Tips for Traveling with Hearing Loss

May 22, 2019    Hearing Loss, Hearing Tips

Tips for Traveling with Hearing Loss

Traveling is typically a fun activity but it can often be stressful for those with hearing loss and hearing aids. With a little extra planning, people with hearing loss can enjoy travel just as much as anyone else.

Remembering these tips can keep your travel stress-free and your hearing aids well-maintained.

Before You Go:

Visit your audiologist

  • Make sure your hearing aids are as prepared for your trip as you are. If you don’t have time to visit your audiologist, check to see if there is an audiologist/practice near your destination.
  • At your appointment, ask about assistive listening devices (like a vibrating alarm, Bluetooth® wireless connectivity to TVs and phones, and FM systems) to help make your stay more enjoyable.

What to pack

  • Be sure to bring extra hearing aid batteries and tubing (store these in your carry-on to prevent loss).
  • Don’t forget a cleaning kit and a protective waterproof travel case!
  • Bring a dehumidifier if you can, particularly if you’re traveling to a hot, humid, or tropical area.
  • An outlet converter will help make sure you can charge your rechargeable batteries and other devices if traveling internationally.
  • You may even want to bring a pair of old hearing aids as a backup.


  • If you have stopovers, choose a flight with a longer layover. Gate change announcements can be difficult to hear on an airport public address system, so give yourself plenty of time to get to your next plane.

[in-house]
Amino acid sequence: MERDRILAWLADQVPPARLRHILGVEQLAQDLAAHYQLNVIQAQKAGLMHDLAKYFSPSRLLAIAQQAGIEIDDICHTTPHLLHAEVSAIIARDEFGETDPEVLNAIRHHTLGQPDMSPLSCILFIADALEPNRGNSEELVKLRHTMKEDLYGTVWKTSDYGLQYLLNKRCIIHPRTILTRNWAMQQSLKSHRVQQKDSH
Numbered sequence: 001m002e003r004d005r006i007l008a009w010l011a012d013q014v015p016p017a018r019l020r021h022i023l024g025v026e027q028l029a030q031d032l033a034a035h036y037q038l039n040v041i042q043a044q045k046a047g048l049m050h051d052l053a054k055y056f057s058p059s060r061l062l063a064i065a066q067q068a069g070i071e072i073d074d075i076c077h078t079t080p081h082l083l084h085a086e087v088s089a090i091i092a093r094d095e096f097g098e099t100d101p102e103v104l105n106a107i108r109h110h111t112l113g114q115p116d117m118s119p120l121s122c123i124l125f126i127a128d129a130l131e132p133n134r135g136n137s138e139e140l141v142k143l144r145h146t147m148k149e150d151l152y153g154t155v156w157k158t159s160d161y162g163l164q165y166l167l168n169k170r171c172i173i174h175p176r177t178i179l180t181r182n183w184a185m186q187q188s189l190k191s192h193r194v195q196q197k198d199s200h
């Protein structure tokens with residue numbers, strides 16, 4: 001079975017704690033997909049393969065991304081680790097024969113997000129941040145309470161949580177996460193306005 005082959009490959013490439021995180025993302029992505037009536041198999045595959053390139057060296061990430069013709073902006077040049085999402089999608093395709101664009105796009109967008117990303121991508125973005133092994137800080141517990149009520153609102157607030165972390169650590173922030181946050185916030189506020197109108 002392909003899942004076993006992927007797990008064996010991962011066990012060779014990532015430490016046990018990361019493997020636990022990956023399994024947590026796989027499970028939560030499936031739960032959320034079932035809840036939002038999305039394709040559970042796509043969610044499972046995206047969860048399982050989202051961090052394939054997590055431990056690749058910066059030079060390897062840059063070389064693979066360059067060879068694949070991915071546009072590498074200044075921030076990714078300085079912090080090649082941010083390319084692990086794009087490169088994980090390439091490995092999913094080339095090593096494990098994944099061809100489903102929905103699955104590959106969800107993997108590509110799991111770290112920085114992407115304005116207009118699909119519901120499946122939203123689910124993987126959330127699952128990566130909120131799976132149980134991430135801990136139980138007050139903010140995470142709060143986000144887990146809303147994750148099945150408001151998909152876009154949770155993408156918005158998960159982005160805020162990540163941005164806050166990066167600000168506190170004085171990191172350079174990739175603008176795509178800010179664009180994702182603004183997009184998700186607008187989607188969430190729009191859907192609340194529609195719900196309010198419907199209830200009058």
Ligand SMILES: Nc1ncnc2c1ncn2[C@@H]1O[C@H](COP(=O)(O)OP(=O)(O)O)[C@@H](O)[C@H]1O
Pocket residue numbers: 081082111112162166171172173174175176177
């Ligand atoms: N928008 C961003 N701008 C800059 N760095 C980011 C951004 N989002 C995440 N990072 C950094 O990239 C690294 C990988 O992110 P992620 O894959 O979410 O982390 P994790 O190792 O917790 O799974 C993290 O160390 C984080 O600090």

• Pick an airplane seat near the cabin stewards, so you can speak with them one-on-one if necessary instead of across a crowded cabin.
  • When booking hotels, transportation, and outings, ask for email confirmations so you can print them out or reference them via email when needed.
  • Sign up for text or email alerts after booking your transportation. This will help ensure you’re aware of departure times, changes, etc.
  • Ask about better-hearing accommodations or ADA compliance kits before you go. Many hotels can provide accommodations that make your stay more enjoyable, including closed-caption TVs and T-coil loops in rooms and lobbies.

On Your Way:

  • Have your printed itinerary and confirmation papers in hand or ready on your phone.
  • Make sure your phone is on vibrate so you won’t miss those text/email alerts you signed up for.
  • Don’t be afraid to tell a fellow traveler or a staff member of your hearing loss. They can help ensure you don’t miss a change in itinerary or your boarding time.
  • If there are no visuals for stops on your bus or train, ask your neighbor to let you know when your stop is coming up. Or try counting the number of stops until it’s your time to depart.

You’ve Arrived!

  • As you move from place to place, remember to keep your hearing aids clean by wiping them down every night. Remember, hearing aids can gather bacteria on airplanes and at tourist spots.
  • When out on a tour, FM listening systems can help you hear lectures, commentary, etc. Ask the speaker to use a transmitter microphone, which gives you the ability to hear the presentation over radio waves through your hearing aid’s receiver.
  • At your hotel, make sure to remind the front desk that you have a hearing impairment, just in case there’s an emergency.
  • Lastly, advocate for yourself. When you do this, it makes travel easier both on yourself and those around you.  It also assists and advocates for future travelers. If you spot an opportunity for improvement, let staff know. If the closed captioning on your hotel room TV is complicated, or if there is no ADA kit available for a visual alarm clock/smoke detector, the hotel should be alerted immediately. In doing so, you may be helping the next hard of hearing traveler.

Most importantly, have fun!